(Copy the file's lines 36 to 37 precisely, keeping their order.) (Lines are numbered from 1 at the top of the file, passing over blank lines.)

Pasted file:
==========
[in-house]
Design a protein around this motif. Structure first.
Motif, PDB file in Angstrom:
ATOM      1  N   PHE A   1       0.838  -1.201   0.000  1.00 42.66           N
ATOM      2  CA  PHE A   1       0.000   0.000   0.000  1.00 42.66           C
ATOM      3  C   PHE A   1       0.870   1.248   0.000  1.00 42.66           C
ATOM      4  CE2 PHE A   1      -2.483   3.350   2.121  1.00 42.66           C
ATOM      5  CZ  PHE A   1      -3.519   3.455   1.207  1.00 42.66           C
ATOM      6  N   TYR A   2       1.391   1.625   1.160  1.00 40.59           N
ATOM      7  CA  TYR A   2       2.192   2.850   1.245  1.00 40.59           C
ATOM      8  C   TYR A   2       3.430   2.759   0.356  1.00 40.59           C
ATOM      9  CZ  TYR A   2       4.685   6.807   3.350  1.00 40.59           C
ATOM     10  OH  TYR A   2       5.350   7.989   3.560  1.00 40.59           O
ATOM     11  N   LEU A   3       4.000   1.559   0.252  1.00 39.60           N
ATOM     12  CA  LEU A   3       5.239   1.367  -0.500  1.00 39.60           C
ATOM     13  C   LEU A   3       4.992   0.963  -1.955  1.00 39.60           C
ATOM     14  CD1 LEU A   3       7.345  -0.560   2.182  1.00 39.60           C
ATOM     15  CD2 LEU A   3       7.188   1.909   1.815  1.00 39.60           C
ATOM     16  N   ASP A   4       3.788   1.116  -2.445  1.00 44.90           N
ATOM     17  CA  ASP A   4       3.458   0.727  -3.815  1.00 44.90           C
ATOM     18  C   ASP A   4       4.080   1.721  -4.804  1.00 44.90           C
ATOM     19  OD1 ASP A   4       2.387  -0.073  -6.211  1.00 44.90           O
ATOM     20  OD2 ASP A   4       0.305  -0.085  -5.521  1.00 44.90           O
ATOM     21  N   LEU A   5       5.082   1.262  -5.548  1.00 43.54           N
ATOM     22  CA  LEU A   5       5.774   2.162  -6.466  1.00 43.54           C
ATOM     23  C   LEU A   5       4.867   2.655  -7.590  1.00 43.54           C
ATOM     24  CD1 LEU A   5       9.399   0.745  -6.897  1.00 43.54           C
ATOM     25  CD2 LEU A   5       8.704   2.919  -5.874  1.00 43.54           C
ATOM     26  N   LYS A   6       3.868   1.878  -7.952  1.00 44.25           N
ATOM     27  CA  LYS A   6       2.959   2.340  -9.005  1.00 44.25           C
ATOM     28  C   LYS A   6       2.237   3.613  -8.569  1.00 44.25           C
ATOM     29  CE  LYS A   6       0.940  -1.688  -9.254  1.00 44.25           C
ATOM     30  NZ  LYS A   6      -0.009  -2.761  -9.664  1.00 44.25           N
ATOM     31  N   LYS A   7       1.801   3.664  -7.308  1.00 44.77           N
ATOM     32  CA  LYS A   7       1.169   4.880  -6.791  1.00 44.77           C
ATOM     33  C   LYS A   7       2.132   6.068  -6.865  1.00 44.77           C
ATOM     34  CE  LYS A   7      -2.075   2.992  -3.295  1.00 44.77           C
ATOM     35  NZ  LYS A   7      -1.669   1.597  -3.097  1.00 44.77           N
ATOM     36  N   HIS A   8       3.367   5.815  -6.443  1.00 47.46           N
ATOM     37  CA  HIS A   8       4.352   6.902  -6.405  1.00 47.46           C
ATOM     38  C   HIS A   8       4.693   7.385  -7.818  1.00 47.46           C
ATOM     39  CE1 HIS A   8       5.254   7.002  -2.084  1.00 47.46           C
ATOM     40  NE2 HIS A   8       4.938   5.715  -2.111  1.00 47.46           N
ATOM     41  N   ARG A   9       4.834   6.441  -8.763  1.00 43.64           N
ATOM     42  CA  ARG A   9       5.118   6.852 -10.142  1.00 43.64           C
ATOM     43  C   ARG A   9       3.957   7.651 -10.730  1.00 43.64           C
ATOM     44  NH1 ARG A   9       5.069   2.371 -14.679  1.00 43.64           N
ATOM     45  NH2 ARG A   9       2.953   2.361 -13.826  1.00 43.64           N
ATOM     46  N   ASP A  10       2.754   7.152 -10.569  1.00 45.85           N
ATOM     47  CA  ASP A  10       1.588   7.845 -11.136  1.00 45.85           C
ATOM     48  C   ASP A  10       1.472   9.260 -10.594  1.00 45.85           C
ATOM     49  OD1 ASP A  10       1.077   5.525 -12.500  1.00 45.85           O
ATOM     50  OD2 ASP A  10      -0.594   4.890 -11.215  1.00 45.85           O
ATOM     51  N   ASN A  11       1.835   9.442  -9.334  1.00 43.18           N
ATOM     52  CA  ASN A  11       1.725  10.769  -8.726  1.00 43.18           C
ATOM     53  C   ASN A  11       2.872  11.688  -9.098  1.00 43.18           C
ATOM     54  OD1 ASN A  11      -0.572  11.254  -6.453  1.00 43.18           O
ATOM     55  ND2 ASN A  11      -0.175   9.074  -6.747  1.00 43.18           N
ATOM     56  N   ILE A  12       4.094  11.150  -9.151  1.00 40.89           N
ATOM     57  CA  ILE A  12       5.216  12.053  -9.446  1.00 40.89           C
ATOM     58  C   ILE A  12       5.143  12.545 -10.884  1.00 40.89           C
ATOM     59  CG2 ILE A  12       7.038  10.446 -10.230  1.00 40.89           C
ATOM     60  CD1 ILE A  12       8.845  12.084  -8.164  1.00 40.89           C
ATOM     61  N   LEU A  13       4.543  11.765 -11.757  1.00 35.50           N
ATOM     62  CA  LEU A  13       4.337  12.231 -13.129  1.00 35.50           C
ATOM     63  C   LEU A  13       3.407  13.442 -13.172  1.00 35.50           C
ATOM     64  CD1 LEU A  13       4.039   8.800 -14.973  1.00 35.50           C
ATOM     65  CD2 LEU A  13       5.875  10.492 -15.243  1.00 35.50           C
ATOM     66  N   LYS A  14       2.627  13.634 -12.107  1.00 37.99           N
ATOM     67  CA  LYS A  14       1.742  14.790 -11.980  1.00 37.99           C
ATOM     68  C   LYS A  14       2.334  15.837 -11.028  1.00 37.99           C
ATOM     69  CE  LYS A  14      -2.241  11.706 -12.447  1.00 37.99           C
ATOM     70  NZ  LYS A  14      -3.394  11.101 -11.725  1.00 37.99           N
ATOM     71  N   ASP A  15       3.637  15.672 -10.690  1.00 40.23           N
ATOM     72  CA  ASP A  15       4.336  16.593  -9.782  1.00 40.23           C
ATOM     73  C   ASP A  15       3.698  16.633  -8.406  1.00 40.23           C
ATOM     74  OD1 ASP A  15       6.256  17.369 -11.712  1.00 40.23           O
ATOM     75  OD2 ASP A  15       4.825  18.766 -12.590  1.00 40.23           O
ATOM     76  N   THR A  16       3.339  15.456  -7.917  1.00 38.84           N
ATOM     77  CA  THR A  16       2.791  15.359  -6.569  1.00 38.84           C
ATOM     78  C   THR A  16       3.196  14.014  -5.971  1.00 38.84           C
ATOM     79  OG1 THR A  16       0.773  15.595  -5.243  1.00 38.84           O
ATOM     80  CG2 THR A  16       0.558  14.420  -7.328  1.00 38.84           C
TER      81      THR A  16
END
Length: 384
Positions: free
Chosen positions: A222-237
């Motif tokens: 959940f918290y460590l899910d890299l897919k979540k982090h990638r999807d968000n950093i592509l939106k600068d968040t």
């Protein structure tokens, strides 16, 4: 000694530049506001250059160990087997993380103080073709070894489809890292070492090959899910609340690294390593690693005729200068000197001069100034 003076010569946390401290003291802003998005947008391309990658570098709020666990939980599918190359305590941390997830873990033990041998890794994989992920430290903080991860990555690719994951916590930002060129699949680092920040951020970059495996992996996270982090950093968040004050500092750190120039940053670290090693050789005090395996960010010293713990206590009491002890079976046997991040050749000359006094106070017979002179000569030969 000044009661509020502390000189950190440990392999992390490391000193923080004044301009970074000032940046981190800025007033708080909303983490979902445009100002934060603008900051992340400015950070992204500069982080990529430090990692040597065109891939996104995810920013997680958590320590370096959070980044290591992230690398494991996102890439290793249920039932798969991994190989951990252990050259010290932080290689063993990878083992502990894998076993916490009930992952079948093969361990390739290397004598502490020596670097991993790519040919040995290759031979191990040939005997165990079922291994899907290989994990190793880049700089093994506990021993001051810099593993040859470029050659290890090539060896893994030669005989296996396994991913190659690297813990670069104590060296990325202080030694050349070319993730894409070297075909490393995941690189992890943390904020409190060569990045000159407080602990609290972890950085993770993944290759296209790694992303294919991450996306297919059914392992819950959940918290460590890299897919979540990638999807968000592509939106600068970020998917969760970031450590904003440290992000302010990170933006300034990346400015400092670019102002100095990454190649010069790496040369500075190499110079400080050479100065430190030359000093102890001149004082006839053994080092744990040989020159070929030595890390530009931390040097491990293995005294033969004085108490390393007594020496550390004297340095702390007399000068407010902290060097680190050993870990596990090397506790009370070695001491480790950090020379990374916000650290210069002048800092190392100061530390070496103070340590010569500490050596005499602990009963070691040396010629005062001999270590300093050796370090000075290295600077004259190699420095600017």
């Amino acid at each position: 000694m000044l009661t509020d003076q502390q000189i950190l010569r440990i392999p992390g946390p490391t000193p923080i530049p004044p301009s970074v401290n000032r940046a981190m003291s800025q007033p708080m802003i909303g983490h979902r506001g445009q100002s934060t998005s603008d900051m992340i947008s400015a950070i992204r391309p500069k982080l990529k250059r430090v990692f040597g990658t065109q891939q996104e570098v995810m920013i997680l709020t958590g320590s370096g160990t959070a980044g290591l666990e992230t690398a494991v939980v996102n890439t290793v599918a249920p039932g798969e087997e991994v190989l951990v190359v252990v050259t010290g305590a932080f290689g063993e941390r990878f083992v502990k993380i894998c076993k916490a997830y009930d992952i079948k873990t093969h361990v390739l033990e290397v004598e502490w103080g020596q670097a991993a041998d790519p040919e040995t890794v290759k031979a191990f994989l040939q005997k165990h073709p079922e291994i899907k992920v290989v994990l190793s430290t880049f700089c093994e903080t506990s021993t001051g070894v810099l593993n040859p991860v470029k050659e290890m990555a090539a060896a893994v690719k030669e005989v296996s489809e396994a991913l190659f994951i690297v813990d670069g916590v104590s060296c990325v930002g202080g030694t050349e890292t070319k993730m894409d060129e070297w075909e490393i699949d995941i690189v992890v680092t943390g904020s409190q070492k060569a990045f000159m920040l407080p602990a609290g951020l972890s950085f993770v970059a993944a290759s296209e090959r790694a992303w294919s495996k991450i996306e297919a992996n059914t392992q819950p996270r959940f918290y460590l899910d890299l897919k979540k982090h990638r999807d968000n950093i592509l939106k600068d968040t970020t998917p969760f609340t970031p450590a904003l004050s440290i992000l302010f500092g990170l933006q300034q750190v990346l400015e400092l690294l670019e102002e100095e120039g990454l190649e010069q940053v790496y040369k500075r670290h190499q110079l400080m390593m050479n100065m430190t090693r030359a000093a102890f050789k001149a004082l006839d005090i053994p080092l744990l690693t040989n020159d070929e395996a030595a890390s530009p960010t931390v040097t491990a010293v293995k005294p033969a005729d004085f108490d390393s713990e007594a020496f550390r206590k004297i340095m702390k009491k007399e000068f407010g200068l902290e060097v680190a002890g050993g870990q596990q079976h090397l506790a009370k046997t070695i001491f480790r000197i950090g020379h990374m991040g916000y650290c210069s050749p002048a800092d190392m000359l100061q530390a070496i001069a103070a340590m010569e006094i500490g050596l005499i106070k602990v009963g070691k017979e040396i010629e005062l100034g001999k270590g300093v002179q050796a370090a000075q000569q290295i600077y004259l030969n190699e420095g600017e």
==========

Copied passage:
ATOM     33  C   LYS A   7       2.132   6.068  -6.865  1.00 44.77           C
ATOM     34  CE  LYS A   7      -2.075   2.992  -3.295  1.00 44.77           C